Any one of these games are worth throwing 10 bucks at, much less all six. So long as you can deal with some antiquated visuals (even with the new look) and a bit of exploration-based frustration with the ZX games in particular, you'll have plenty of rainy days squared away with the Mega Man Zero/ZX Legacy Collection.
I brought up "the old Blizzard" in this review because this is a first time in a while (yes, even counting Diablo III at launch) that you can really sense a huge shift at the company in just about every sense. Warcraft III: Reforged is both the beginning and end of an era. It works to a degree thanks to the immense talent of the original Warcraft III creators and custom map fiends, but it doesn't quite feel like Blizzard, does it.
Despite some technical misgivings, The Walking Dead: Saints & Sinners honors the Walking Dead name: a rarity in the current climate. It's also cemented itself as one of the leading "full" VR experiences to date. It might not sell headsets, but it'll be a hell of a pickup for current VR-heads.
Like every incarnation of the game, even the Re Mind DLC is going to both confuse and excite people en masse. But now that there's "An Oath to Return" (with a future Kingdom Hearts entry), this is all we have until the next one comes along. It'll do.
Dragon Ball Z: Kakarot is not the anime game to end all anime games. It's not going to convert any non-believers or onboard them into this decades-old classic universe. Even as someone who still re-watches DBZ, it can be grating at times — but the juice is mostly worth the squeeze.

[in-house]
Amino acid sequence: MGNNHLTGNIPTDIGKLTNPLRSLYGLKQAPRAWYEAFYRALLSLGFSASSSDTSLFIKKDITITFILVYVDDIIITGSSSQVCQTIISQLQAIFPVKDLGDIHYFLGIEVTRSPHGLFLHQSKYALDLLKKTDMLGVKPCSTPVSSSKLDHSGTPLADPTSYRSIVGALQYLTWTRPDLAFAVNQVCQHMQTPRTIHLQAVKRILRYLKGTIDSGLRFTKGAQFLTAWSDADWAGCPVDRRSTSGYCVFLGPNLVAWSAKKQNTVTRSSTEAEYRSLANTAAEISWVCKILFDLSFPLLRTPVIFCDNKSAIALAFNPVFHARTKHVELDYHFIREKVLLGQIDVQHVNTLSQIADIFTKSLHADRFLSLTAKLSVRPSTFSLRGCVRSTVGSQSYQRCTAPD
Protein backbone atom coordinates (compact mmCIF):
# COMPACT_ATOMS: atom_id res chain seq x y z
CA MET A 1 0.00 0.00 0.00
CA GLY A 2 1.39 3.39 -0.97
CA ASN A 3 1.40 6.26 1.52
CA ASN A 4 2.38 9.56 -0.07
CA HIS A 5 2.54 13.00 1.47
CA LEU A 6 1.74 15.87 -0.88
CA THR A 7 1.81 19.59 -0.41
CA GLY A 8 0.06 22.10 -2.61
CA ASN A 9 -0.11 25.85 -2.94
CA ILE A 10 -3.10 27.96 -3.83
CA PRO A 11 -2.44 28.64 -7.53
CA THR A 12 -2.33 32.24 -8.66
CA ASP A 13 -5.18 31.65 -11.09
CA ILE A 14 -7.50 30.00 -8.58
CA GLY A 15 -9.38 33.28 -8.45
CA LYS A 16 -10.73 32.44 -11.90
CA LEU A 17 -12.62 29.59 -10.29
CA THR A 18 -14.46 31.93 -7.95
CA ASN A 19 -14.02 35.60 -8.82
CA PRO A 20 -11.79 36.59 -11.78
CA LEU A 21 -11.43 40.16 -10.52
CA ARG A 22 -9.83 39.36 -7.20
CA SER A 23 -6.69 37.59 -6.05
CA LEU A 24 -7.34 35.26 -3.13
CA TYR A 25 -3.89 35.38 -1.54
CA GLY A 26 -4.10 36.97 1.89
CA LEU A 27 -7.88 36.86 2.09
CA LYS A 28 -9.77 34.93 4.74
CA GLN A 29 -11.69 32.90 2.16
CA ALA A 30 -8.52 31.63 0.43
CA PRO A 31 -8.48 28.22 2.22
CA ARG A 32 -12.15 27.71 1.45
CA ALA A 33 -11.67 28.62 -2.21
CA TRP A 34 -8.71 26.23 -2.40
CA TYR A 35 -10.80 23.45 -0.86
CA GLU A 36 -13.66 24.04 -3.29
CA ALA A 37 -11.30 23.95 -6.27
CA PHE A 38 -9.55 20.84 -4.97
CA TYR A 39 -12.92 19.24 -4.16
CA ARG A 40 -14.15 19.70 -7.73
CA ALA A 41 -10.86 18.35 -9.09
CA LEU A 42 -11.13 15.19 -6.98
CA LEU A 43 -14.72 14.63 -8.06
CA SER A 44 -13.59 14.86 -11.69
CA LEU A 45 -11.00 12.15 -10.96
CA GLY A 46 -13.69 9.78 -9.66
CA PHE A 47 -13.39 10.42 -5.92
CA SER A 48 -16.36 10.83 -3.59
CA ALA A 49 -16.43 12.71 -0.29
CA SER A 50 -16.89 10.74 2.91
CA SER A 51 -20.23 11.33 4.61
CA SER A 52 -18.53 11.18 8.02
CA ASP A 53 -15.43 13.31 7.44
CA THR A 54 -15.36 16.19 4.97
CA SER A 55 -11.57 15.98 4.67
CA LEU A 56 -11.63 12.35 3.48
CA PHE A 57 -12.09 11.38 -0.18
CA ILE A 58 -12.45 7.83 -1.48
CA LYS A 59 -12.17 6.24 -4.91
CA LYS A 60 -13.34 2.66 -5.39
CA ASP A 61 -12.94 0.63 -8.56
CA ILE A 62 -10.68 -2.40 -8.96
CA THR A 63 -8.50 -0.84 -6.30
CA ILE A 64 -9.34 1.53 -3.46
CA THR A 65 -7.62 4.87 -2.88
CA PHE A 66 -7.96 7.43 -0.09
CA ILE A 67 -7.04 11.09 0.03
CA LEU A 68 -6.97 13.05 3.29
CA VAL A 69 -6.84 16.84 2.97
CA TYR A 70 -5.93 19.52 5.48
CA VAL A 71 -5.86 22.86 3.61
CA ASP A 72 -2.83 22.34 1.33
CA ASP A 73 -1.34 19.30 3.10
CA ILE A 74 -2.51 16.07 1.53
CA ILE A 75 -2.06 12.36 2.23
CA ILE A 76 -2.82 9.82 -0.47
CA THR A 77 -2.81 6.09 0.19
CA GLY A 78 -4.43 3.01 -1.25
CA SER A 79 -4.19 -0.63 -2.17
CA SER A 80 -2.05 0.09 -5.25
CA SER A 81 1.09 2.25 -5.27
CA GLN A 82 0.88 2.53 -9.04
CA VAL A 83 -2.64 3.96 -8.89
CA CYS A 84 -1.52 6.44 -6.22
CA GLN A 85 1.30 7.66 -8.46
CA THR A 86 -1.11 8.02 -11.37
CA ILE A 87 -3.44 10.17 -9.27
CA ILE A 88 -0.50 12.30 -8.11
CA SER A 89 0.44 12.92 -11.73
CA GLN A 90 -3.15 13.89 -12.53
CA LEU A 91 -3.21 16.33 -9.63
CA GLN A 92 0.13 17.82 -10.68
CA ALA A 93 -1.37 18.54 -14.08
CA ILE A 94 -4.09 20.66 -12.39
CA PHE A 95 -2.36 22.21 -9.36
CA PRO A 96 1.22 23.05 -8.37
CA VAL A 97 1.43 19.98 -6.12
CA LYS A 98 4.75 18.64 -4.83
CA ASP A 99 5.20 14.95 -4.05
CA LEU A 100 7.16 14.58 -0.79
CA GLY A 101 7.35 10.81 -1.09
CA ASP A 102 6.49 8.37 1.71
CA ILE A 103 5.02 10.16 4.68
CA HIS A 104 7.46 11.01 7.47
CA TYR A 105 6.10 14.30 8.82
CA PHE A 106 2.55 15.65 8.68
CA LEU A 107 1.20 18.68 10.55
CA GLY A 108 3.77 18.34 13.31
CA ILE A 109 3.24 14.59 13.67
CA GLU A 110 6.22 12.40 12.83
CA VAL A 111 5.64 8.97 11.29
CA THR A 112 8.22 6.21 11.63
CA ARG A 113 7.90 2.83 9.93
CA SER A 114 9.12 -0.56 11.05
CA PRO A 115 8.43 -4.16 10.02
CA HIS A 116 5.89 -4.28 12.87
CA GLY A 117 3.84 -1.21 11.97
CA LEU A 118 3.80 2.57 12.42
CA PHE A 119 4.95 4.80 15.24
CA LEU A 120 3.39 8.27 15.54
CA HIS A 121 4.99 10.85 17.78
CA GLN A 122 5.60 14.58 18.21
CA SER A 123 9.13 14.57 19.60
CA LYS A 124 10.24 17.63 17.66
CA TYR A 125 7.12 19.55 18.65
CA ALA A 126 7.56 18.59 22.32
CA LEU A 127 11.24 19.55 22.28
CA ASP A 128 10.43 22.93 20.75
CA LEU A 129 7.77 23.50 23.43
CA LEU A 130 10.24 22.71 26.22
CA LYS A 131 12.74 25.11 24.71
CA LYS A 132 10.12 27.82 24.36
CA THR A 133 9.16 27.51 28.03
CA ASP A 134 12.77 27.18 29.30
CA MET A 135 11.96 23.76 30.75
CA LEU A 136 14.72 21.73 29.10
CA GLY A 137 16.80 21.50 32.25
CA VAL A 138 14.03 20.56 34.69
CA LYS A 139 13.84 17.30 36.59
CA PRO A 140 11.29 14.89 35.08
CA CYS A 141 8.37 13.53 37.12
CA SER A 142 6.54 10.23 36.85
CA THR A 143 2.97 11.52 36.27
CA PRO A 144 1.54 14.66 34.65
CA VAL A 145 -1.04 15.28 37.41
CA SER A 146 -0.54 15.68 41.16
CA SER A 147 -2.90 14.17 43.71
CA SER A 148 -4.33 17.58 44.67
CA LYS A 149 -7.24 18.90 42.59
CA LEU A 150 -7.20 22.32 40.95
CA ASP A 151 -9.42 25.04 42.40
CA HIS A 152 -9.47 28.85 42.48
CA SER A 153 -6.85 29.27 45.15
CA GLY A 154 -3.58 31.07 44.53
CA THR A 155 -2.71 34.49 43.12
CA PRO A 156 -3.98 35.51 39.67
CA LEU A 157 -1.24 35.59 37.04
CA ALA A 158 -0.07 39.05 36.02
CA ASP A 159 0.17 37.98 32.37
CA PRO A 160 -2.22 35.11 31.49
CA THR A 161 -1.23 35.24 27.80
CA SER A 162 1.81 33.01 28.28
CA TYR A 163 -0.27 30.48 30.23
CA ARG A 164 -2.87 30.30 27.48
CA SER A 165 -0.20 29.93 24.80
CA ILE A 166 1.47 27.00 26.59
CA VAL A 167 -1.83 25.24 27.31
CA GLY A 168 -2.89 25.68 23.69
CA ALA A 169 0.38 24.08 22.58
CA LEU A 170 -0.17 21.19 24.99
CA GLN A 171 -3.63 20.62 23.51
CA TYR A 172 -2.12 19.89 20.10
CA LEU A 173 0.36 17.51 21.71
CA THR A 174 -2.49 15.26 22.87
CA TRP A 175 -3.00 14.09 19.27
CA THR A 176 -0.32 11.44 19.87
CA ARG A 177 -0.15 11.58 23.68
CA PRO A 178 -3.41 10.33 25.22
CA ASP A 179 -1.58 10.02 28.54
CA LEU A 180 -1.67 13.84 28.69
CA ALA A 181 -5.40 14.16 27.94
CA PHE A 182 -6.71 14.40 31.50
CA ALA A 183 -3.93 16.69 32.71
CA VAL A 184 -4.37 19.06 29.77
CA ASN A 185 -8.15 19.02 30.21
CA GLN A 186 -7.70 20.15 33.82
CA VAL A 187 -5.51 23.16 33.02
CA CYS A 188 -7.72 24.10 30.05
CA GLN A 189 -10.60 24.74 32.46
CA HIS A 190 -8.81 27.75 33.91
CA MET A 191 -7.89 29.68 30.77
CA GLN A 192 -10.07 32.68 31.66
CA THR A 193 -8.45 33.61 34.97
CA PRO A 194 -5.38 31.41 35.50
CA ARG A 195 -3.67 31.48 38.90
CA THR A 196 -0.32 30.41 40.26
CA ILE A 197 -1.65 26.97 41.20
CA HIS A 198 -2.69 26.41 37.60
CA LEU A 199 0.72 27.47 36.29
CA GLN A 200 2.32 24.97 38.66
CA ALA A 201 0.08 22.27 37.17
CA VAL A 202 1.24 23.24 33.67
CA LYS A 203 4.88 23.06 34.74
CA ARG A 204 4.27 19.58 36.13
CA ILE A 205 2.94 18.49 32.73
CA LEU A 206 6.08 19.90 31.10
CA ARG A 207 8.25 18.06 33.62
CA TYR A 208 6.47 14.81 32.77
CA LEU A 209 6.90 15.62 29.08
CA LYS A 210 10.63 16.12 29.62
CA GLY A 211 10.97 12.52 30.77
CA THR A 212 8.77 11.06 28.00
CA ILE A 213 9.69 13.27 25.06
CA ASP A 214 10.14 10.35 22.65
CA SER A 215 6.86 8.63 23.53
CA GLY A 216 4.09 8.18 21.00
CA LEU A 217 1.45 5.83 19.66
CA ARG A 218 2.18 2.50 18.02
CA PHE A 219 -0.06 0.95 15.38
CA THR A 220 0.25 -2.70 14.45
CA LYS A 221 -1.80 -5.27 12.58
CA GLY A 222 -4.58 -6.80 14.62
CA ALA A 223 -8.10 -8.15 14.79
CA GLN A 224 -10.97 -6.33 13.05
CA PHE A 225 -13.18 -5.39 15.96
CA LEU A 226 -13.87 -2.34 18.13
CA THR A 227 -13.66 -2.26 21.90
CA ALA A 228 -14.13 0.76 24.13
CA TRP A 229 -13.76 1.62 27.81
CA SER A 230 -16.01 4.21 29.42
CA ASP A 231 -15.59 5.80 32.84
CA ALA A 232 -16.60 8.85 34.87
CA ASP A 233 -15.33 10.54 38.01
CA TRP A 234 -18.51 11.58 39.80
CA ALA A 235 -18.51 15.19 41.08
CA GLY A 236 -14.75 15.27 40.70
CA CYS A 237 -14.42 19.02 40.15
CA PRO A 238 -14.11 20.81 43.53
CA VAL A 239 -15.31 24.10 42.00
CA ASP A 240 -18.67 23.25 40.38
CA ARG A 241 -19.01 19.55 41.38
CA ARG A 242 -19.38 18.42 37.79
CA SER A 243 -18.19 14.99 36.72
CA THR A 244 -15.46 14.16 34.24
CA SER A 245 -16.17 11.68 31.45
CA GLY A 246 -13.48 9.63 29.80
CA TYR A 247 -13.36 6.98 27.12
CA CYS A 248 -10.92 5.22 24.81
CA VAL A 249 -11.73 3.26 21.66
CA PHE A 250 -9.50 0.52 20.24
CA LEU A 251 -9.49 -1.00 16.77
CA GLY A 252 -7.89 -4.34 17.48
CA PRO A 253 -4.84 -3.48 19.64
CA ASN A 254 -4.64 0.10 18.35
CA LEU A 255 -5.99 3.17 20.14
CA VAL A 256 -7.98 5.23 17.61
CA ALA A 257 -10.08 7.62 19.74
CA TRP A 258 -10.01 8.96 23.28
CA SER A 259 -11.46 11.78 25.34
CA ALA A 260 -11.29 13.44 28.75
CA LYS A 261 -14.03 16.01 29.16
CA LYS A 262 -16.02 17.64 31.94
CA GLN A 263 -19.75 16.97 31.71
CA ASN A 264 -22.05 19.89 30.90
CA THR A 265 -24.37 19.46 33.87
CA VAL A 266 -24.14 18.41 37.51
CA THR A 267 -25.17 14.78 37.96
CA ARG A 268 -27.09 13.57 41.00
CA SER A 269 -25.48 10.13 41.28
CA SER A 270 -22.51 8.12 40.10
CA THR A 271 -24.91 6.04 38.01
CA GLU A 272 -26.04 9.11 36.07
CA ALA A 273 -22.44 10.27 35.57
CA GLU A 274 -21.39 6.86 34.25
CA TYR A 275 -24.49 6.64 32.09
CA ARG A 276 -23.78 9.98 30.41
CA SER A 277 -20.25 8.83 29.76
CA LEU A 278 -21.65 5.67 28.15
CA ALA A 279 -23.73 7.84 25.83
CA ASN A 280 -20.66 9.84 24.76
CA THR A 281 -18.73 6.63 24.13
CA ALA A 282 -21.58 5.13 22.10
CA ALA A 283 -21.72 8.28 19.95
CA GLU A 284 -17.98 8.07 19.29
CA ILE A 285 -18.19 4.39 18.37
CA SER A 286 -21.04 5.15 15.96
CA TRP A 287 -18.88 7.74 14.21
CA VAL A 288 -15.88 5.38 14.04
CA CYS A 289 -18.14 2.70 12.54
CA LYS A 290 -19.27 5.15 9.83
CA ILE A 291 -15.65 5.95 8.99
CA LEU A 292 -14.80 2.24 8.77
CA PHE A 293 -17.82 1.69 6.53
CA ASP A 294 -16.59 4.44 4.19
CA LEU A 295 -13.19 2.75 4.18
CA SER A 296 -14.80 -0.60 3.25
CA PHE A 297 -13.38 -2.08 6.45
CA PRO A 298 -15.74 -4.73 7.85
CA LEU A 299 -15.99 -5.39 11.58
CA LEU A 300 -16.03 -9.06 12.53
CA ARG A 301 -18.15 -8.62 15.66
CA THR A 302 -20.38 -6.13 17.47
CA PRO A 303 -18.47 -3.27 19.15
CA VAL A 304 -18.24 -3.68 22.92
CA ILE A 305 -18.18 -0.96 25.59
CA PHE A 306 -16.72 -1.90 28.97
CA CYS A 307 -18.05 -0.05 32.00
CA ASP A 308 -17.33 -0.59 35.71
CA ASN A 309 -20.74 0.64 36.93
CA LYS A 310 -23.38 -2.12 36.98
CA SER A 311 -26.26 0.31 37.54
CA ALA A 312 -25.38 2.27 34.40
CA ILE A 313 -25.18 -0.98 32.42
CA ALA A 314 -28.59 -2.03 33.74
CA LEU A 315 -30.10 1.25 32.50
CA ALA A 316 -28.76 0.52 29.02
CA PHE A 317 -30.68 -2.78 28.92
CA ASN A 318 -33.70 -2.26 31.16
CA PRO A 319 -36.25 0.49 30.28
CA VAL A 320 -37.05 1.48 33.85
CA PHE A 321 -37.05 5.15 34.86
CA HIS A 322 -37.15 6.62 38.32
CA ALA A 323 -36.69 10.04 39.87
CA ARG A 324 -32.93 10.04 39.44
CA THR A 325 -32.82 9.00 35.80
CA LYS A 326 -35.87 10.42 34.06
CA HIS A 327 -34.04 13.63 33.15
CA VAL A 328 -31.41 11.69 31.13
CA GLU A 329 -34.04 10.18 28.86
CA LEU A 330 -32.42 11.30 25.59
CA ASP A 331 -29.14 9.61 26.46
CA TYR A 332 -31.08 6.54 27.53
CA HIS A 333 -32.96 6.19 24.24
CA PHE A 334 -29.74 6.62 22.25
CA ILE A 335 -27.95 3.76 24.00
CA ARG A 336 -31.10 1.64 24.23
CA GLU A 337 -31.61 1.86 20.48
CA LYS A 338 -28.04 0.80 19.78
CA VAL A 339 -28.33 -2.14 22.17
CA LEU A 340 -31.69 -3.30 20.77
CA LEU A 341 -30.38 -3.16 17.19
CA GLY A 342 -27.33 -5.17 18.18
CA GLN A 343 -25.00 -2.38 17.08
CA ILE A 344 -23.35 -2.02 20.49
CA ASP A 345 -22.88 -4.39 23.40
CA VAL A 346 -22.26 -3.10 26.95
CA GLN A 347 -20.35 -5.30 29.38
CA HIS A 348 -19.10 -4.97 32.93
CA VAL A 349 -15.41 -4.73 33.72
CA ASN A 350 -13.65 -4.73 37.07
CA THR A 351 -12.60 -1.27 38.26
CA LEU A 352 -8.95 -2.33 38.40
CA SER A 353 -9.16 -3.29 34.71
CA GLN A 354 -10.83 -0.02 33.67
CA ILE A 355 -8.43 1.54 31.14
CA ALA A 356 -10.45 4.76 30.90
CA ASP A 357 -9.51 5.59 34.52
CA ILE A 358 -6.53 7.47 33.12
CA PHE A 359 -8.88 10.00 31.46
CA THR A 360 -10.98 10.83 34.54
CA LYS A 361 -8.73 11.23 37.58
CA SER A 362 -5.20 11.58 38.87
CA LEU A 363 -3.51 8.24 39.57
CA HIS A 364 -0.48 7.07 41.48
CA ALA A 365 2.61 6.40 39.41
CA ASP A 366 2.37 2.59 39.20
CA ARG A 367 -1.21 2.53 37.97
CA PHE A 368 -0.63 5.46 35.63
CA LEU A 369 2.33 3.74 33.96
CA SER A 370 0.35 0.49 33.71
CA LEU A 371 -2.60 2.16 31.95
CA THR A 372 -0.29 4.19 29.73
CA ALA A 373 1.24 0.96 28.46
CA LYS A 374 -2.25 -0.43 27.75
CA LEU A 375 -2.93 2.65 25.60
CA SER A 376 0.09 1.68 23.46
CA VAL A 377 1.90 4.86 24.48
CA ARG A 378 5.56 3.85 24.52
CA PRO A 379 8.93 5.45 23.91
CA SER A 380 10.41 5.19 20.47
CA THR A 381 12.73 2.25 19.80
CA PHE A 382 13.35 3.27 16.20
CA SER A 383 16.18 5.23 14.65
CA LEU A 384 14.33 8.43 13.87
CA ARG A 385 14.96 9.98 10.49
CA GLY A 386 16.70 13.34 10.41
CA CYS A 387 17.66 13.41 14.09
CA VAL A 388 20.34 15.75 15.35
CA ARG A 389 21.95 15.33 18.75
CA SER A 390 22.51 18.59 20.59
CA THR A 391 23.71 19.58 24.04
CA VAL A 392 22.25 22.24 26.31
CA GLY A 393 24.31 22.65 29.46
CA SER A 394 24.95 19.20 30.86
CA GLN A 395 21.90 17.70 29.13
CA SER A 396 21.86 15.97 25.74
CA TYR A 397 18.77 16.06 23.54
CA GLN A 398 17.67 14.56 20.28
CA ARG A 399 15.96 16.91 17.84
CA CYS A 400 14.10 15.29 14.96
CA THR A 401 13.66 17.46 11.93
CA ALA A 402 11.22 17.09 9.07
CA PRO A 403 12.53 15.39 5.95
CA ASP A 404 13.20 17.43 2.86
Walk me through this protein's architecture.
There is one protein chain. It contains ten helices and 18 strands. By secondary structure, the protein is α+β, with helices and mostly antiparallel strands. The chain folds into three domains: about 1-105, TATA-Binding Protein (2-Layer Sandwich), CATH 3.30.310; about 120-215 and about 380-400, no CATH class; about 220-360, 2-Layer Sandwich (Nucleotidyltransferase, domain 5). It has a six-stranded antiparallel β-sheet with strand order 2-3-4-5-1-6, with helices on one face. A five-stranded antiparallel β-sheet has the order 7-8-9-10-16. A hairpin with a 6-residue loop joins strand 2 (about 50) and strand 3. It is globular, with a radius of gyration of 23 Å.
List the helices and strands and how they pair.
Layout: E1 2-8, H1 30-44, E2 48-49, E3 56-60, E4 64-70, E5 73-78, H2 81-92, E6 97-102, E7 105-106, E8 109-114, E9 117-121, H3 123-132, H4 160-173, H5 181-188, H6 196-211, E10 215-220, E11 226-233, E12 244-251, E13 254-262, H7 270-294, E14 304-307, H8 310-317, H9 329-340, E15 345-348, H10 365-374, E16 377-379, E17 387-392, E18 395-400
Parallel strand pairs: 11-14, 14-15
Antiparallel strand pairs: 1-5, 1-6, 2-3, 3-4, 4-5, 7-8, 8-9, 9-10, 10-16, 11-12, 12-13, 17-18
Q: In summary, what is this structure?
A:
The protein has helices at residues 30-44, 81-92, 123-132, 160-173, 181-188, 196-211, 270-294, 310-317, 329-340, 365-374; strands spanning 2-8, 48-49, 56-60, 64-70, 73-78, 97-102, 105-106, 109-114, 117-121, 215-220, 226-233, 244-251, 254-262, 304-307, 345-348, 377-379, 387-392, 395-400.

Earlier this year Team Ninja and Nintendo spoke about "story scenario" content. Where is it? The new characters are great for the most part, but we need more zones to actually use them in. Having an extended campaign with some really out-there storylines would have been a fantastic use of paid DLC, but for now you're stuck just doing the same errands over and over or restarting once again.
Borderlands 3's first DLC is quirky and action-packed, but I was decidedly left wanting more. Hopefully the other campaigns will take more risks, but in the meantime Moxxi's Heist of the Handsome Jackpot is more Borderlands, which is typically a good thing.
It takes time to really get into MechWarrior 5, which is to be expected. At first, things go by at a plodding pace and your customization options are slim. But once you assemble your crew, jump into mechs you want to play as, and the story picks up, it starts to feel like old MechWarrior again. Mercenaries still might not satisfy everyone, but I enjoyed my reintroduction to the action-oriented BattleTech world.
This is a historic moment for Shovel Knight: half a decade later, I can recommend picking up anything and everything Shovel Knight related, which is easy to do with the Treasure Trove compilation. Yacht Club Games has a lot to be proud of and has accomplished a lot in their short run, and I can't wait to see what they come up with next.
I came into Darksiders Genesis expecting nothing and got a fun little co-op dungeon crawler in return. Although the concept of a "Diablo spinoff for the Darksiders series" had the potential to just be a big bowl of wrong, the mad men and women at Airship Syndicate pulled it off. Long live Darksiders.